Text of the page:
Global change is initiated by
1. Decisions made at national and international level
2. The sum of many small individual decisions: This ranges from individuals to the world society (see Fig. 5.4.3). Within this range are a number of organisations that have particular interest in global change (WBGU 2001b), those that have direct influence on land use, e.g. FAO (Food and Agriculture Organisation), or indirectly through the decisions it makes, e.g. the WTO (World Trade Organisation). Between these types of organisation are the financial organisations that have no direct contact with agriculture and forestry, but that distribute resources and so have a more direct impact on nations than the WTO. A few examples are the World Bank, IMF (International Monetary Fund) and the GEF (Global Environmental Facility, which finances projects in the area of biodiversity and energy saving), as well as the UNDP (United Nations Development Programme).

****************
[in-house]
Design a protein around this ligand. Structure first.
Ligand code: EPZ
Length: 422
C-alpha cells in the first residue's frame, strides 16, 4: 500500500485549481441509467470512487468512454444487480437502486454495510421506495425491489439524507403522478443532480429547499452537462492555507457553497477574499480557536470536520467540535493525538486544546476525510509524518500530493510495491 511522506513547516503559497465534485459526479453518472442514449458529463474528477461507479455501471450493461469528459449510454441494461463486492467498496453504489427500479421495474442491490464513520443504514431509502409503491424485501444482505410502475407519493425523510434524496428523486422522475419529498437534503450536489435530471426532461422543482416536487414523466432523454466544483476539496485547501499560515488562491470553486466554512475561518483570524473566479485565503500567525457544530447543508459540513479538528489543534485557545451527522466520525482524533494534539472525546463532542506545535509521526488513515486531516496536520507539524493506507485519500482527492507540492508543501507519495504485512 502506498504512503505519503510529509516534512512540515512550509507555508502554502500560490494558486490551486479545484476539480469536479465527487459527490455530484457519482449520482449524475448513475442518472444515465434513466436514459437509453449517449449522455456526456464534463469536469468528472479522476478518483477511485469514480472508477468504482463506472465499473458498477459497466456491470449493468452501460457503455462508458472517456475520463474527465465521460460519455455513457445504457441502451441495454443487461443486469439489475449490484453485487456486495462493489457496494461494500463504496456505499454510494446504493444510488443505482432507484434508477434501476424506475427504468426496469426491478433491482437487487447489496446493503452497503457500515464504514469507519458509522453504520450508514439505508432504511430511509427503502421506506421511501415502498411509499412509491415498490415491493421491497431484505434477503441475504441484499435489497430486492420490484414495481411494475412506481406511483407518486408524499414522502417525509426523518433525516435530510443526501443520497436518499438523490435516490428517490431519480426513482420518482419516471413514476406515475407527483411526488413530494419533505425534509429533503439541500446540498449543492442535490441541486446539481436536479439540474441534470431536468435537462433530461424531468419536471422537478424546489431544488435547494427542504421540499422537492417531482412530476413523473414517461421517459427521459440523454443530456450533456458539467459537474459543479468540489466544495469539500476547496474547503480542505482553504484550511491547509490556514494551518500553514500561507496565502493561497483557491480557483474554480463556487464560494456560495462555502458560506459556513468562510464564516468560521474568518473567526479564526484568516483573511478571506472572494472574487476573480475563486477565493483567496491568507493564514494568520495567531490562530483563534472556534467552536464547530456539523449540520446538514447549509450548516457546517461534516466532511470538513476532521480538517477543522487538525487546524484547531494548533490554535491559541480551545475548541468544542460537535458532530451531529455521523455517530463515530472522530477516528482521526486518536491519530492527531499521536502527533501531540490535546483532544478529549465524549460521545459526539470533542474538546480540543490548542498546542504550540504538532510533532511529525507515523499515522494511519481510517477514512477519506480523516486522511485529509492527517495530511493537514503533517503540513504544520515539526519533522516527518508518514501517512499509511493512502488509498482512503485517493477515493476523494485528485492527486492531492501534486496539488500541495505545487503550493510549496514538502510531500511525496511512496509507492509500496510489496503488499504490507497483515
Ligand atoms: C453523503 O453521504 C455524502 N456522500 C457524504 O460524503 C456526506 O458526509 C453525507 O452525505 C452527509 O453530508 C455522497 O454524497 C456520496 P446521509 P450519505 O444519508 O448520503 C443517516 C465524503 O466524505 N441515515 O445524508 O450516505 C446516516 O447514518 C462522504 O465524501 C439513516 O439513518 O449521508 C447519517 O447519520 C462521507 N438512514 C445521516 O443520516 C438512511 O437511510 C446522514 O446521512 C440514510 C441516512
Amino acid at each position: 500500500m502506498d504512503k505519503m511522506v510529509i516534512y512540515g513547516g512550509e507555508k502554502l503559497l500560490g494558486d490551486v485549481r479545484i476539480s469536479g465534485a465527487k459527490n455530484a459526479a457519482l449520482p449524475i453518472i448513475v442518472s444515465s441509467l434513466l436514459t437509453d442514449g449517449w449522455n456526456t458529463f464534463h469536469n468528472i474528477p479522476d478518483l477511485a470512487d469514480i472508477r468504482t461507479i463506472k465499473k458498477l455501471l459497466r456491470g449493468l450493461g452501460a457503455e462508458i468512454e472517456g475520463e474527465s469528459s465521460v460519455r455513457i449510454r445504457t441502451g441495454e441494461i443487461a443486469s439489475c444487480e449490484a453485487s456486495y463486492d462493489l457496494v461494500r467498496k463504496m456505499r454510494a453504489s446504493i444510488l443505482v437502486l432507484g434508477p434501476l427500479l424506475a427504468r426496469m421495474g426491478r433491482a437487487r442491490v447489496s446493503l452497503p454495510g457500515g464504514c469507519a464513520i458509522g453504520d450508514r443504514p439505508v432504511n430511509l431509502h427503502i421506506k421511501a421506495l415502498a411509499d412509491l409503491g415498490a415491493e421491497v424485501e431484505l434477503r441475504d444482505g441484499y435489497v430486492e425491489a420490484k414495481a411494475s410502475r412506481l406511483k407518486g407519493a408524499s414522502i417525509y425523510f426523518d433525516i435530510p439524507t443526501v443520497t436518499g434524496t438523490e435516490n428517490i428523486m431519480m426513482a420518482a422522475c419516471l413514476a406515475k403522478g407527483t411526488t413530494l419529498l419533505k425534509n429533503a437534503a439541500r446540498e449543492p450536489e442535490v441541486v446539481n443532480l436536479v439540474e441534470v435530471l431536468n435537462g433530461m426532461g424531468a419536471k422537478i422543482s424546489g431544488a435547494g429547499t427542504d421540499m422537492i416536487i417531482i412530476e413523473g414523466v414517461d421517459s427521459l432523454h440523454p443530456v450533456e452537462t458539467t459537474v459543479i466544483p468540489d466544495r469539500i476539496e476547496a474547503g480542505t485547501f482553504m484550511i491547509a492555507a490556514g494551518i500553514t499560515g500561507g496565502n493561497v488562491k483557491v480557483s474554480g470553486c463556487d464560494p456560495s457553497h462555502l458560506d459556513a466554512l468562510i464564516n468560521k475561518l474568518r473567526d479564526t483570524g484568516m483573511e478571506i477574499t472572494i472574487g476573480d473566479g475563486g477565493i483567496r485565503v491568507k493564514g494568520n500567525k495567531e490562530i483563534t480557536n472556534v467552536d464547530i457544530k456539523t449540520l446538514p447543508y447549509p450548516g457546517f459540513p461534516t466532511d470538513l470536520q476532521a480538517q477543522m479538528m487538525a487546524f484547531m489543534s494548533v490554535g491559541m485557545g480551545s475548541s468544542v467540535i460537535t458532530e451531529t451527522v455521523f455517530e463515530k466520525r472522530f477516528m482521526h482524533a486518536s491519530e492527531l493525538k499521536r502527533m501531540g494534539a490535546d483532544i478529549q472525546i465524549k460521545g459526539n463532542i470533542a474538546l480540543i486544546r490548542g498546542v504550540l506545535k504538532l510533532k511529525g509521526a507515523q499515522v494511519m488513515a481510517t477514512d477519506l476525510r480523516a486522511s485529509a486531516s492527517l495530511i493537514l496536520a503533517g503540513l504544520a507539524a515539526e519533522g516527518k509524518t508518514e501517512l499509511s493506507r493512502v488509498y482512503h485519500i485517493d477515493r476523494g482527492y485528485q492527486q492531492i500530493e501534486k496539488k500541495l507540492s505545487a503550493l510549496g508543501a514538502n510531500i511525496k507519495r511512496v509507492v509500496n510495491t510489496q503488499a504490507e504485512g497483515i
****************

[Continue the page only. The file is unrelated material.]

Parallel to these are organisations that scientifically study and analyse global change.
• organisations of the UN (UN Environment Programme, UNEP), the World Meteorological Organisation (WMO) and the UN Educational, Scientific and Cultural Organisation (UNESCO);
• organisations that are financially involved also in the global environmental audits (e.g. World Bank);
• scientific organisations: ICSU (International Committee of Scientific Unions) and the ISSC (International Social Science Committee).
There are various organisations supporting worldwide studies of global change:
• WCRP (World Climate Research Programme), initiated by the WMO and supported directly by nations within WMO;
• IGBP (International Geosphere Biosphere Programme), a branch of the ICSU;
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